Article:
In re TPG Troy, LLC, 14-1010, Dkt. No. 104 (2d Cir. Oct. 3, 2014) (internal citation omitted).
Appellate courts have “an independent obligation to examine their own jurisdiction.” FW/PBS, Inc. v. City of Dallas, 493 U.S. 215, 231 (1990) . “[T]he law of the case doctrine does not deprive an appellate court of discretion to reconsider its own prior rulings.” Rezzonico v. H & R Block, Inc., 182 F.3d 144, 149 (2d Cir. 1999) . “[R]eexamination of a question regarding our jurisdiction is especially important whenever there is reason to believe that it may be lacking.” Id. The prohibition on the review of moot cases arises from “the Article III requirement that federal courts adjudicate only `Cases’ and `Controversies.'” Fox v. Bd. of Trs. of State Univ. of N.Y., 42 F.3d 135, 139-40 (2d Cir. 1994) . Because it goes to the court’s subject matter jurisdiction, mootness may be raised at any stage in the litigation. Id. at 140.
While our Court has yet to consider the precise issue of whether a finding of abstention under Section 305(a) bars review of an attorneys’ fee award, it addressed a similar issue in Calabro v. Aniqa Halal Live Poultry Corp., 650 F.3d 163, 165 (2d Cir. 2011) . There, we lacked appellate jurisdiction to review a district court order remanding a case to state court pursuant to 28 U.S.C. § 1447(d). Id. at 165. However, our Court found it possessed jurisdiction to review the statutorily-authorized award of attorney’s fees and costs made by the district court when it found removal improper. Id. Similarly, here the attorneys’ fees and costs at issue are expressly authorized by Section 303(i), and there is no discernable basis for treating this Court’s jurisdiction differently. Further, other Circuits hold that a money judgment for attorneys’ fees and costs provides the court with a live controversy capable of review even if the underlying issues raised by the appeal are moot. See Lynch v. Leis, 382 F.3d 642, 646 (6th Cir. 2004) (“This appeal concerns the propriety of the fee award, which presents a live case or controversy between the parties: a monetary judgment against the defendants below indubitably presents a live appeal.”); Ways v. City of Lincoln, 274 F.3d 514, 517 n.3 (8th Cir. 2001) (“[S]ince the fee award is part of the appeal, the constitutionality of the repealed ordinance needs to be addressed even if there were no prospect of reinstatement of the original ordinance”); C&H Nationwide, Inc. v. Norwest Bank Texas NA, 208 F.3d 490, 494 (5th Cir. 2000) (“[W]e can reach a now-moot substantive issue when necessary to determine whether the district court correctly awarded attorney’s fees under state law.”).
Finding we possess jurisdiction, we proceed with our review.
II. Jury trial.
Creditors next argue they were entitled to a jury trial on the issue of awarding attorneys’ fees and costs. Relying on Stern v. Marshall, 131 S. Ct. 2594 (2011), the Creditors further argue the bankruptcy court lacked the constitutional authority to deem their jury demand waived. This argument is foreclosed by the Supreme Court’s opinion in Wellness International Network v. Sharif, 135 S. Ct. 1932 (2015) . In Wellness International, the Supreme Court made clear that “Article III is not violated when the parties knowingly and voluntarily consent to adjudication by a bankruptcy judge.” Id. at 1939. “[T]he key inquiry is whether the litigant or counsel was made aware of the need for consent and the right to refuse it, and still voluntarily appeared to try the case before the non-Article III adjudicator.” Id. at 1948 (internal quotation marks omitted).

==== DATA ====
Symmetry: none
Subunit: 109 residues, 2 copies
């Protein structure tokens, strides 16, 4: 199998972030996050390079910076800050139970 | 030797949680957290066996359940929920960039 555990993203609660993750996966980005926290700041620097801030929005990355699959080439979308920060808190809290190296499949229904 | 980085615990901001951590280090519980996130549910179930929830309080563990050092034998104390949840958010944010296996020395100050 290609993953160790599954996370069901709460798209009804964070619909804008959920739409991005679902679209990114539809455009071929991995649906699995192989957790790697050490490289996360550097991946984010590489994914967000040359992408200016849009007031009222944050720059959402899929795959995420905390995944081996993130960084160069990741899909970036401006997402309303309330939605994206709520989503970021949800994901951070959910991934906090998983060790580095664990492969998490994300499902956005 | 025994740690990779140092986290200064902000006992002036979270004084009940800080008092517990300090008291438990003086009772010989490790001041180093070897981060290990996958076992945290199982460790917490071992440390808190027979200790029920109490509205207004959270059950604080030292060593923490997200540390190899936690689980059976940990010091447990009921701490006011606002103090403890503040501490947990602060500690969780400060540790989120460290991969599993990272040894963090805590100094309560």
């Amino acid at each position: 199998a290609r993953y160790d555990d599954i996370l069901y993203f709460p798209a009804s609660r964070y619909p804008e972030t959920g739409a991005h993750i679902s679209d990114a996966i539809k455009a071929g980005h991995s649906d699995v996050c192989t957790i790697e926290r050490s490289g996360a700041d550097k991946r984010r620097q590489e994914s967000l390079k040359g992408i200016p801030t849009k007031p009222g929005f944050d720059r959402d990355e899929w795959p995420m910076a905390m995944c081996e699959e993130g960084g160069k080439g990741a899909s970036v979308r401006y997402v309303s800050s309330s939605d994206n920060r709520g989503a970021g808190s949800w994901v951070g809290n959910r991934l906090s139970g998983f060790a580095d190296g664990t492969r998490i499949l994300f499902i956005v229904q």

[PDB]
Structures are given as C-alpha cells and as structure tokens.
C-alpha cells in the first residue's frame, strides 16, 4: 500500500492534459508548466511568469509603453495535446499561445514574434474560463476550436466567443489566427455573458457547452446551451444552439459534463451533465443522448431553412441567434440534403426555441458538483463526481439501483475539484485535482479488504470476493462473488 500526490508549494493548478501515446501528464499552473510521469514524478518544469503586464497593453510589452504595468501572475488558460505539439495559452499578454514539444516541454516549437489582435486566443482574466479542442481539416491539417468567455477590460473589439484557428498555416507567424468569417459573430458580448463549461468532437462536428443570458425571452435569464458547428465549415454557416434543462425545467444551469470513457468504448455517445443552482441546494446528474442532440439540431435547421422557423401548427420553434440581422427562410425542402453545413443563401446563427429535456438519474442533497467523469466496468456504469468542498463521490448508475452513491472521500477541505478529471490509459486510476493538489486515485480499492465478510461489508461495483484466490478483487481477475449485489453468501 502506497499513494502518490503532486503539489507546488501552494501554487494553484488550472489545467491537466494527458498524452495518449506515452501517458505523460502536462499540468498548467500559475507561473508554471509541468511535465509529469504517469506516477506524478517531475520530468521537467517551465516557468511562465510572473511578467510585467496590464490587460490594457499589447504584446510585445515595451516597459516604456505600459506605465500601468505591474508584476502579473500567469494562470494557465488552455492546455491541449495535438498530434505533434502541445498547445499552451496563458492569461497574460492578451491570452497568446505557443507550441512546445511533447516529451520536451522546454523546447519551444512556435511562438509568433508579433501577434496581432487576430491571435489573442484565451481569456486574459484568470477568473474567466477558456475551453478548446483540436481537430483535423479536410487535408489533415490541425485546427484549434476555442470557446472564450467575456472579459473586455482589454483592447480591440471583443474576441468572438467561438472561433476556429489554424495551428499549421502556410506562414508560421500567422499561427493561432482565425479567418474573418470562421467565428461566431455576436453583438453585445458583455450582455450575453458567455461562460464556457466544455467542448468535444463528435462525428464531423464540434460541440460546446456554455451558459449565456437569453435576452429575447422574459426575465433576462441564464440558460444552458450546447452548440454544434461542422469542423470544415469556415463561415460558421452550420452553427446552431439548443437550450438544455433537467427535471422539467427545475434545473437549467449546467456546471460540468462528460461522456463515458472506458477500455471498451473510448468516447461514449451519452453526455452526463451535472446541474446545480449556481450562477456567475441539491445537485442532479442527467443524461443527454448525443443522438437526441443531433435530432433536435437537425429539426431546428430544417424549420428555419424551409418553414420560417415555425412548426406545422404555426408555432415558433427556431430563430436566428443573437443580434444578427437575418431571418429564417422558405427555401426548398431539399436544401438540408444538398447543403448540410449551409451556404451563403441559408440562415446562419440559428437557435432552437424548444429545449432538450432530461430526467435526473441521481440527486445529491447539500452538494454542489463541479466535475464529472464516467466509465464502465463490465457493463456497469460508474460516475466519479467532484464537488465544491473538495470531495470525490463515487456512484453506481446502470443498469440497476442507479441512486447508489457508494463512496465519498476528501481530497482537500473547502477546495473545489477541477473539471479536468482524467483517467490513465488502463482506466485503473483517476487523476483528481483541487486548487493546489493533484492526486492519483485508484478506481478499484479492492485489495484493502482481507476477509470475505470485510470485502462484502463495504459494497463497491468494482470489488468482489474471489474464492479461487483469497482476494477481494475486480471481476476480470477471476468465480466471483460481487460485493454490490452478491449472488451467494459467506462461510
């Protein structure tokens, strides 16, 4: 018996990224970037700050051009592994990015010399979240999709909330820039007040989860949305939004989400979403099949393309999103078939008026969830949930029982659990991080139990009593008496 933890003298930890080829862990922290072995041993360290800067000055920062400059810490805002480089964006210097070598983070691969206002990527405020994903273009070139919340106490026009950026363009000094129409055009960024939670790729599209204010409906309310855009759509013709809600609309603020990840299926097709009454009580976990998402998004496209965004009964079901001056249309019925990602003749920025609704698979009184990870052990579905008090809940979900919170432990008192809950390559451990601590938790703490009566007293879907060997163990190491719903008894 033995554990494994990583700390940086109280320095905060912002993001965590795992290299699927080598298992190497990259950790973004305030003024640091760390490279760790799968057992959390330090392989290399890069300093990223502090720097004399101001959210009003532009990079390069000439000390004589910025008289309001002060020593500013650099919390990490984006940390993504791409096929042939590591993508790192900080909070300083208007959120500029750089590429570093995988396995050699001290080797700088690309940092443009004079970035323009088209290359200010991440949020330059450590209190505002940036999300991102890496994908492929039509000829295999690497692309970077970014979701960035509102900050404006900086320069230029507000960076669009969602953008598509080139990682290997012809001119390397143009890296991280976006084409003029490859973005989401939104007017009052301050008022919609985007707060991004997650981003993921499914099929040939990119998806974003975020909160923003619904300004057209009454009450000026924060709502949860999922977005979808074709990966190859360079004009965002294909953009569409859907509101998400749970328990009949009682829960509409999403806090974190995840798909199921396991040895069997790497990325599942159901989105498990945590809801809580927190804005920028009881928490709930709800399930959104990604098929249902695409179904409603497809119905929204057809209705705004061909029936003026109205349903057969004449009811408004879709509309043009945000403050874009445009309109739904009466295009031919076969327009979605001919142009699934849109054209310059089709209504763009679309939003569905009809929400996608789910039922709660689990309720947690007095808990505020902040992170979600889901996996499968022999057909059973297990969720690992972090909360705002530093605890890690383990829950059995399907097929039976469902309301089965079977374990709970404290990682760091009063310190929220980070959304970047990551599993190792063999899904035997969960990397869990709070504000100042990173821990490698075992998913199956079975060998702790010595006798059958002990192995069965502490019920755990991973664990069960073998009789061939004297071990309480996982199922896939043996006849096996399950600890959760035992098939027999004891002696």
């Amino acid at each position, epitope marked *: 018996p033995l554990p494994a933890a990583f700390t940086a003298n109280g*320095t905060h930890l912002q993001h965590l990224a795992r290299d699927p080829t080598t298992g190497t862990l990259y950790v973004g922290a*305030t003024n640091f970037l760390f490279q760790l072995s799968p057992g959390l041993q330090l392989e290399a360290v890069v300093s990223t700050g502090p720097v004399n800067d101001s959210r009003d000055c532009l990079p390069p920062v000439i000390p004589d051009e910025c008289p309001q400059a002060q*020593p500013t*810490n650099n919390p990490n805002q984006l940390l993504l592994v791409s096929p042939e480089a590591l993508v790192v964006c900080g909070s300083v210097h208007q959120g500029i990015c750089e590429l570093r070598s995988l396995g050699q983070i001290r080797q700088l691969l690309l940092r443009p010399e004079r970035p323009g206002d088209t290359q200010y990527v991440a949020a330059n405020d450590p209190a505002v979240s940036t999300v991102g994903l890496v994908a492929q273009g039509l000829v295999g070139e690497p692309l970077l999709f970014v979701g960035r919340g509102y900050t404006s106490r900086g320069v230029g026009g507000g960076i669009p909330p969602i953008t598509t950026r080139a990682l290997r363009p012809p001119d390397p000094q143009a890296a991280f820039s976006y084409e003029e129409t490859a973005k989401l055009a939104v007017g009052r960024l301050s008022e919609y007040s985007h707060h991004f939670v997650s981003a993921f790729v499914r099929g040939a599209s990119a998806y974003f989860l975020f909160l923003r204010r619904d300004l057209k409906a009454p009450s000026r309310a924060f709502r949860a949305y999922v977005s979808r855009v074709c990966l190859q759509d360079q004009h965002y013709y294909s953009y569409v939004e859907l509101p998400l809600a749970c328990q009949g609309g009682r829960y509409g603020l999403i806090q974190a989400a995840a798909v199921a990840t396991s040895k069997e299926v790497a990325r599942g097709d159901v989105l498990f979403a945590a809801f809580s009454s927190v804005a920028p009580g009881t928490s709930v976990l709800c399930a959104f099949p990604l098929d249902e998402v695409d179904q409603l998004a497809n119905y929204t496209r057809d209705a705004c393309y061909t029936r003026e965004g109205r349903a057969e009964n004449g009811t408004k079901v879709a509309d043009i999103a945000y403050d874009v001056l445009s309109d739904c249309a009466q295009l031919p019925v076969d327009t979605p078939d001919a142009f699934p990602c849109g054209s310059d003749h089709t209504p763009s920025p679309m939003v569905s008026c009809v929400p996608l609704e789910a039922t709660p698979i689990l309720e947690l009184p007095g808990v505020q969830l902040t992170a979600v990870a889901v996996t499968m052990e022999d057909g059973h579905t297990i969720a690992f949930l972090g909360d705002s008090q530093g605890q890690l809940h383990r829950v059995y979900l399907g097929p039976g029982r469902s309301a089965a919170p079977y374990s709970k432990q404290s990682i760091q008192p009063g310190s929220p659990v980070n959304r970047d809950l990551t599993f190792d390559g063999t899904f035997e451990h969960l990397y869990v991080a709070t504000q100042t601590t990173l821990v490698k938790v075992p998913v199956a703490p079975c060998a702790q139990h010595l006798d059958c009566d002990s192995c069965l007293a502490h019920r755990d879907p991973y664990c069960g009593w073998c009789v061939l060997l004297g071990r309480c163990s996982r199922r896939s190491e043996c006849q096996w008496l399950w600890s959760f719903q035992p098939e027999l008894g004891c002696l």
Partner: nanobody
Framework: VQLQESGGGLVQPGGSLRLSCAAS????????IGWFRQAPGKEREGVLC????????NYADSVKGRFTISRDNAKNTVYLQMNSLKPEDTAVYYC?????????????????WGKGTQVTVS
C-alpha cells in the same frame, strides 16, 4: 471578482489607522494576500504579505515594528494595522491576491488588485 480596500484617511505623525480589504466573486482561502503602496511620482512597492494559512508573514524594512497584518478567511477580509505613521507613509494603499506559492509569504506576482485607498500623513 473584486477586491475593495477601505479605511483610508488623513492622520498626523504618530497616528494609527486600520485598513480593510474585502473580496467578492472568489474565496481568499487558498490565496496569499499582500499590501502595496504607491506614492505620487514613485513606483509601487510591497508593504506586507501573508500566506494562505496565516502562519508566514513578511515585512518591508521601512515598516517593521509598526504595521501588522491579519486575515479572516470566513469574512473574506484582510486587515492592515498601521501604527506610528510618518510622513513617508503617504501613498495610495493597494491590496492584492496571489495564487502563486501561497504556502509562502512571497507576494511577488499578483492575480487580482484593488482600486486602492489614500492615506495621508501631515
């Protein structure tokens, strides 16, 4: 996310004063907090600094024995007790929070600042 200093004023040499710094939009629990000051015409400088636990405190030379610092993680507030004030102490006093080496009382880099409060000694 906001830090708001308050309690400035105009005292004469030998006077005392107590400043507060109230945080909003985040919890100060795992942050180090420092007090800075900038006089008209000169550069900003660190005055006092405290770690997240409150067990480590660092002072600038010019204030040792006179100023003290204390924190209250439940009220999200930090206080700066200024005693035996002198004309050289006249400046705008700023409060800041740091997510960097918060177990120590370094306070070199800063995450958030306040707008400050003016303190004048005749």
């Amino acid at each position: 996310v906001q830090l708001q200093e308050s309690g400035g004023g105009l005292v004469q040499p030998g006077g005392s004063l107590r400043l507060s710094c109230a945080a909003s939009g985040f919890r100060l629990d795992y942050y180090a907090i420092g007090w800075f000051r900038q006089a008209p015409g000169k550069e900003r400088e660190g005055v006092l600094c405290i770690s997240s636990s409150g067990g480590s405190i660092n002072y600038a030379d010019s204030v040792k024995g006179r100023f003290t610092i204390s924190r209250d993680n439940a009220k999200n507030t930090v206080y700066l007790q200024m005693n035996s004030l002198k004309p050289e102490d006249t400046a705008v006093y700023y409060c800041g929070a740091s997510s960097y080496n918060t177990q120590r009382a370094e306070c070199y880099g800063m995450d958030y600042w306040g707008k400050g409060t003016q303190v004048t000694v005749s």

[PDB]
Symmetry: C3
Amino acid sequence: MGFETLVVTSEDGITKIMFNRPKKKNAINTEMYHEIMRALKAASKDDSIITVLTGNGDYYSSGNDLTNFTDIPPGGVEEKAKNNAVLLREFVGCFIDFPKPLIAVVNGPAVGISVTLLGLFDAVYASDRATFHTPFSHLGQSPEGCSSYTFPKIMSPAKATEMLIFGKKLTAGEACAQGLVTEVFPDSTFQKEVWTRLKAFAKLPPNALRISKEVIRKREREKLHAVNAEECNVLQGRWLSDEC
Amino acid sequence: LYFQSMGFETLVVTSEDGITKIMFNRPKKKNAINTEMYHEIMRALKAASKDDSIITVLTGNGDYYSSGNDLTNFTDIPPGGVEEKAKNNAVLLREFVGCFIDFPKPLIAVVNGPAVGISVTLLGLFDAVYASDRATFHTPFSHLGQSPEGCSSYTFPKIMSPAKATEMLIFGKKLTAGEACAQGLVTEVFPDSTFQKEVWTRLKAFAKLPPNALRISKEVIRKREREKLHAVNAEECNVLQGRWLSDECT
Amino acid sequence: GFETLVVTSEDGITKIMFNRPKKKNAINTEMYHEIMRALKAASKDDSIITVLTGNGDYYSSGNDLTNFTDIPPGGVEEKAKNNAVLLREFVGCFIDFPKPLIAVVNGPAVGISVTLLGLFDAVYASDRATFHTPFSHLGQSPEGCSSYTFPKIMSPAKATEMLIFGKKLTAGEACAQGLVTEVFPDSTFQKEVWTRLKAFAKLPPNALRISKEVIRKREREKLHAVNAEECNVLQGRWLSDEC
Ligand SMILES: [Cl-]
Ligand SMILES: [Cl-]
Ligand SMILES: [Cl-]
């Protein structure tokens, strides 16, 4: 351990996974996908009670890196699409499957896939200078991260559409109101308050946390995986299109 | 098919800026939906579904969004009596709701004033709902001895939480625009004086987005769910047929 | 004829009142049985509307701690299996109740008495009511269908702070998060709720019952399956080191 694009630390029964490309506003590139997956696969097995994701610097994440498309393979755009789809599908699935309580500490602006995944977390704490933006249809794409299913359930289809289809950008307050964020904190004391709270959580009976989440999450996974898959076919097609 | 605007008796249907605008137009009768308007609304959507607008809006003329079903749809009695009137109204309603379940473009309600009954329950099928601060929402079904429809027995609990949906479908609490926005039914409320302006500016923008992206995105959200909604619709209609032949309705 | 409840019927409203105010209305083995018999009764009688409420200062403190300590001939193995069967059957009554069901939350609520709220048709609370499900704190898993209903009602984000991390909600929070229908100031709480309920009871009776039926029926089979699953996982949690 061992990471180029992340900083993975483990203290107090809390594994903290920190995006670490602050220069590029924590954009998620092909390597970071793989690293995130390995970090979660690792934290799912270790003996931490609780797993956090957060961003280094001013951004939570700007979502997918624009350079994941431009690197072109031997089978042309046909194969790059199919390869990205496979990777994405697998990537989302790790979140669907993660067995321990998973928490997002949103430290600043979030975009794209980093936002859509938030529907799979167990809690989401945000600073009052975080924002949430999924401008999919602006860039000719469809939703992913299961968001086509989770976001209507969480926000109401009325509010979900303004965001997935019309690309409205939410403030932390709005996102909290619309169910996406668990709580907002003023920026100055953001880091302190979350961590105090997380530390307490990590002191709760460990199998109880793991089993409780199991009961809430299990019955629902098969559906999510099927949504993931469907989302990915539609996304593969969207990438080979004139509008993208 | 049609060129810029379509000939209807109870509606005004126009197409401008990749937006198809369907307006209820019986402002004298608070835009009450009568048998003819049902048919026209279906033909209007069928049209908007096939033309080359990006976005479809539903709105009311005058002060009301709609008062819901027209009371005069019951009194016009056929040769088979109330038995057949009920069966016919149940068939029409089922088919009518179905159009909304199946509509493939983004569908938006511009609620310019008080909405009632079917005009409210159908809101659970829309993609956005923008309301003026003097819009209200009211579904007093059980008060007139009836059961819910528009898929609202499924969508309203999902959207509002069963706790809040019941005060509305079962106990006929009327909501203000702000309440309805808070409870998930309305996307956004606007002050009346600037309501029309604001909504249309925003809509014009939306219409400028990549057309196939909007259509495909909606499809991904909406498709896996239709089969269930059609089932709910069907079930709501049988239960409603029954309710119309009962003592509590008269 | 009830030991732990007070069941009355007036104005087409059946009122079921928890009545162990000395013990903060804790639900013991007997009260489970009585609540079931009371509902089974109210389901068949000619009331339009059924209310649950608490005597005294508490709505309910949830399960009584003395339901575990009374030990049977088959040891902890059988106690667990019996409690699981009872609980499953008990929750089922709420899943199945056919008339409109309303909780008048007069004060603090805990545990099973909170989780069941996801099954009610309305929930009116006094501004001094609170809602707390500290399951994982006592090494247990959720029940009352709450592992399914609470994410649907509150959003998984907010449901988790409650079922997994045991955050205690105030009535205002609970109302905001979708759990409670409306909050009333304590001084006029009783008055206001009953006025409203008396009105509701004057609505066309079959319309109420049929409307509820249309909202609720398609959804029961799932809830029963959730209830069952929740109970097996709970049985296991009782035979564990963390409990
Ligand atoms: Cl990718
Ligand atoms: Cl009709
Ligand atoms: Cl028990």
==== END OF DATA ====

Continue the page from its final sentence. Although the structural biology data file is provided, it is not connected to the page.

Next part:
We easily conclude that the Creditors “knowingly and voluntarily consent[ed]” here. Our conclusion is based on the following colloquy between the bankruptcy court and Creditors’ counsel:
The Court: . . . let’s assume no punitive damages.
Mr. Stamell: Fine.
The Court: Do you agree that your client is not entitled to a jury trial on the issue of attorneys’ fees and costs under 303(i)(1)?
Mr. Stamell: May I answer it the following way, that under those circumstances, we would not find it necessary to argue the point of whether there is a jury — a right to a jury.
The Court: So absent punitive damages, you agree that your client either is not entitled or doesn’t demand a jury with respect to attorneys’ fees and costs under 303(i)(1), correct?
Mr. Stamell: I don’t want to waive the argument I’m not entitled but we would not — we would be content to consent to Your Honor determining the fees.
App’x at 1382:4-20. Like the courts below, we are persuaded that Creditors’ counsel consented to the bankruptcy court exercising its jurisdiction to award attorneys’ fees and costs pursuant to Section 303(i)(1) absent an award of punitive damages. See In re TPG Troy LLC, 2013 WL 3789344, at * 1.
III. Bona fide dispute.
We review the conclusion that there is a bona fide dispute requiring dismissal of the involuntary petitions solely for the purpose of deciding whether there was a basis for the award of attorneys’ fees and costs pursuant to Section 303(i). 
Section 303(b) of the Bankruptcy Code provides:
An involuntary case against a person is commenced by the filing with the bankruptcy court of a petition under chapter 7 or 11 of this title—
(1) by three or more entities, each of which is either a holder of a claim against such person that is not contingent as to liability or the subject of a bona fide dispute . . .
11 U.S.C. § 303(b).
Courts apply an objective test in determining whether a bona fide dispute exists. Key Mech. Inc. v. BDC 56 LLC (In re BDC 56 LLC), 330 F.3d 111, 117-18 (2d Cir. 2003), abrogated on other grounds by In re Zarnel, 619 F.3d 156 (2d Cir. 2010) . A court must “determine whether there is an objective basis for either a factual or a legal dispute as to the validity of the debt.” Id. at 117 (internal quotation marks and alteration omitted). There is a bona fide dispute if “there is either a genuine issue of material fact that bears upon the debtor’s liability or a meritorious contention as to the application of law to undisputed facts.” Id. “[T]he legislative history makes it clear that Congress intended to disqualify a creditor whenever there is any legitimate basis for the debtor not paying the debt, whether that basis is factual or legal.” Id. (internal quotation marks omitted). An involuntary bankruptcy case cannot be the means of pressuring a debtor to pay a legitimately disputed debt. See id. at 117-18.
Critically, while a court is called upon to determine the presence of a bona fide dispute, it is not called on to resolve such dispute. Id. at 118. The petitioning creditor bears the initial burden of coming forward with evidence to “establish a prima facie case that no bona fide dispute exists. Once a prima facie case has been established, the burden shifts to the debtor to demonstrate the existence of a bona fide dispute.” Id.